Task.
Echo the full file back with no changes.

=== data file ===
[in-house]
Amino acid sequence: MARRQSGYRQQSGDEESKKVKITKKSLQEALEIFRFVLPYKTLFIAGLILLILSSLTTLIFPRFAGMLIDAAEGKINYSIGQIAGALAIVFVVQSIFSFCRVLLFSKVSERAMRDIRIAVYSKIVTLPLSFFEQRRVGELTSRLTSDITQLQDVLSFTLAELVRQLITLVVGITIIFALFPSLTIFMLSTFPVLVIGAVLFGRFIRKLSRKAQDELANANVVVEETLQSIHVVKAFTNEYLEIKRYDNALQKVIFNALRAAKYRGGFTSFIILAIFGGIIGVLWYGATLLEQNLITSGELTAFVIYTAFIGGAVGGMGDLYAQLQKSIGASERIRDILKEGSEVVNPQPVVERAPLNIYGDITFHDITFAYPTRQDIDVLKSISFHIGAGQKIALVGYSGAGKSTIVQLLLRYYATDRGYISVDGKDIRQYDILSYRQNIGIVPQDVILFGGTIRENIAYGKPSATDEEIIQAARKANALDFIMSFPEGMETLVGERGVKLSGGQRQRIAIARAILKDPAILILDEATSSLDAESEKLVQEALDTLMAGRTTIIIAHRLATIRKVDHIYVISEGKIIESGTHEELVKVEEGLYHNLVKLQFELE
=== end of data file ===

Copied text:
[in-house]
Amino acid sequence: MARRQSGYRQQSGDEESKKVKITKKSLQEALEIFRFVLPYKTLFIAGLILLILSSLTTLIFPRFAGMLIDAAEGKINYSIGQIAGALAIVFVVQSIFSFCRVLLFSKVSERAMRDIRIAVYSKIVTLPLSFFEQRRVGELTSRLTSDITQLQDVLSFTLAELVRQLITLVVGITIIFALFPSLTIFMLSTFPVLVIGAVLFGRFIRKLSRKAQDELANANVVVEETLQSIHVVKAFTNEYLEIKRYDNALQKVIFNALRAAKYRGGFTSFIILAIFGGIIGVLWYGATLLEQNLITSGELTAFVIYTAFIGGAVGGMGDLYAQLQKSIGASERIRDILKEGSEVVNPQPVVERAPLNIYGDITFHDITFAYPTRQDIDVLKSISFHIGAGQKIALVGYSGAGKSTIVQLLLRYYATDRGYISVDGKDIRQYDILSYRQNIGIVPQDVILFGGTIRENIAYGKPSATDEEIIQAARKANALDFIMSFPEGMETLVGERGVKLSGGQRQRIAIARAILKDPAILILDEATSSLDAESEKLVQEALDTLMAGRTTIIIAHRLATIRKVDHIYVISEGKIIESGTHEELVKVEEGLYHNLVKLQFELE